The last decade has seen a rapid expansion and deepening of the types of vehicles that fund start-up firms in the U.S. and worldwide. In particular, we have seen a growing role of angel groups and other more “individualistic” funding options for start-ups, such as super angels or crowd sourcing platforms.
Authors seek to understand the nature and consequences of angel investments across a variety of geographies with varying levels of venture capital markets and other forms of risk capital. They ask whether angel investors improve the outcomes and performance of the start-ups they invest in. Furthermore we want to understand whether and how the types of firms that seek angel funding vary with the overall entrepreneurial ecosystem in a country.
Authors examine the records of 13 angel investment groups based in 12 nations and with applicants for financing transactions from 21 nations, examining both the applicants that were considered and rejected and those that were funded.
Key findings from the analysis are two-fold. First, angel investors have a positive impact on the growth of the firms they fund, their performance, and survival. Second, they find that the selection of firms that apply for angel funding is different across countries.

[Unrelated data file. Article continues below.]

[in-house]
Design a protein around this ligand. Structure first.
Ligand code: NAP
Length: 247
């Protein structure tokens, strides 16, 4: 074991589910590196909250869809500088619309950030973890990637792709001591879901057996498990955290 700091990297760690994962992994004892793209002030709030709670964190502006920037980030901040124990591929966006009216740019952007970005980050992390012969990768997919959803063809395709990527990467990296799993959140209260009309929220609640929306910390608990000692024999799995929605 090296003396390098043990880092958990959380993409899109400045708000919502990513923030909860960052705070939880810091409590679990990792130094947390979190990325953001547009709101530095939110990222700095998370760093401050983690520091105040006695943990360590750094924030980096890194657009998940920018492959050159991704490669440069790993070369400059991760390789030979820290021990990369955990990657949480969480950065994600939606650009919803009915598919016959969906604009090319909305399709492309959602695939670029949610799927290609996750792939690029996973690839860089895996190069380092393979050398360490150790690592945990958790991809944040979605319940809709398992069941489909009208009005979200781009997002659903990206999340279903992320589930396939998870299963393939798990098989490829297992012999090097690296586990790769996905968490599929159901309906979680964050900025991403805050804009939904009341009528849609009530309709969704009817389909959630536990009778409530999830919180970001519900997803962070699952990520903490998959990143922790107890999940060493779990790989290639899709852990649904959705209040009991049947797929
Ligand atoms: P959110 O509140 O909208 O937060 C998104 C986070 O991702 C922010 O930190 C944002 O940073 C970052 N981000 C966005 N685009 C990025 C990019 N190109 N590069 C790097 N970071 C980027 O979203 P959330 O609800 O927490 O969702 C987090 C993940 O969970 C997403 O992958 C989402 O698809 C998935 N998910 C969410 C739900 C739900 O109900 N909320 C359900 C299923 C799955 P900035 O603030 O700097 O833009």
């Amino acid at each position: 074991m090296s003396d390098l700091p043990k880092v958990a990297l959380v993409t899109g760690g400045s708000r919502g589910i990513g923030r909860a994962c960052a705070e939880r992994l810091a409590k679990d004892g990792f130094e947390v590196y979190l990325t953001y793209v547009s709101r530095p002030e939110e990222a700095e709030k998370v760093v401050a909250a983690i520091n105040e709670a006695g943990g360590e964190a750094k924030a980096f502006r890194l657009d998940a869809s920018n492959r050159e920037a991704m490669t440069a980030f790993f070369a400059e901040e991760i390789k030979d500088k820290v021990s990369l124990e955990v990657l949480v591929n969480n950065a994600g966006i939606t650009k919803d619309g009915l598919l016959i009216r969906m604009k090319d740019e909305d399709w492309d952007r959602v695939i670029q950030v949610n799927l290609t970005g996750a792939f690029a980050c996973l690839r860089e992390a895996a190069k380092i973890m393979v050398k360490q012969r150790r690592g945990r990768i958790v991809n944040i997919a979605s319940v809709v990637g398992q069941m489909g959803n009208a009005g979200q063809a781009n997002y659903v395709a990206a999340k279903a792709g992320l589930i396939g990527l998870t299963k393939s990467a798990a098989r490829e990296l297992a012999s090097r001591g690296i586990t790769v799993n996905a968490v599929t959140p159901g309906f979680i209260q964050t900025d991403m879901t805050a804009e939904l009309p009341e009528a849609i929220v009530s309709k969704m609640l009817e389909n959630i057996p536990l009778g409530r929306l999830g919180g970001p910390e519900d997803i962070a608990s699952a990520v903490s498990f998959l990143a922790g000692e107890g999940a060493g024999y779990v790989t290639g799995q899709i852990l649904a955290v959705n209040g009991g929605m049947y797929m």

Karen joined Bruegel in September 2012. She has worked in the Structural Policy Division of the Science, Technology and Industry Directorate at the OECD since 2009 and served as a Senior Fellow at the Kauffman Foundation from 2008-2012. She is an Associate Fellow at the Said Business School at Oxford University and a Visiting Lecturer at the Stockholm School of Economics in Riga. Karen is the founder of GV Partners, a research and consulting firm she created in 2004. Her work at Bruegel focuses on entrepreneurship and innovation.
Karen is a Board Member and Advisor of the European Foundation for Entrepreneurship Research (EFER), a member of the European Leadership Council for Harvard Business School, a Research and Policy Advisor for the U.K. Prince’s Trust Youth Business International (YBI), and an expert on the European Commission Horizon 2020 Access to Risk Finance Advisory Group. She is the author of a number of publications on entrepreneurship and finance.
Prior to founding GV Partners, Karen worked with a leading international venture capital firm. Previously, she was part of the senior management team at the World Economic Forum and, before that, served as the Executive Director of the Global Initiative at Harvard Business School. She received, with honors, a Bachelors of Science in Mathematics and Management from Carnegie Mellon University and an MBA from Harvard Business School.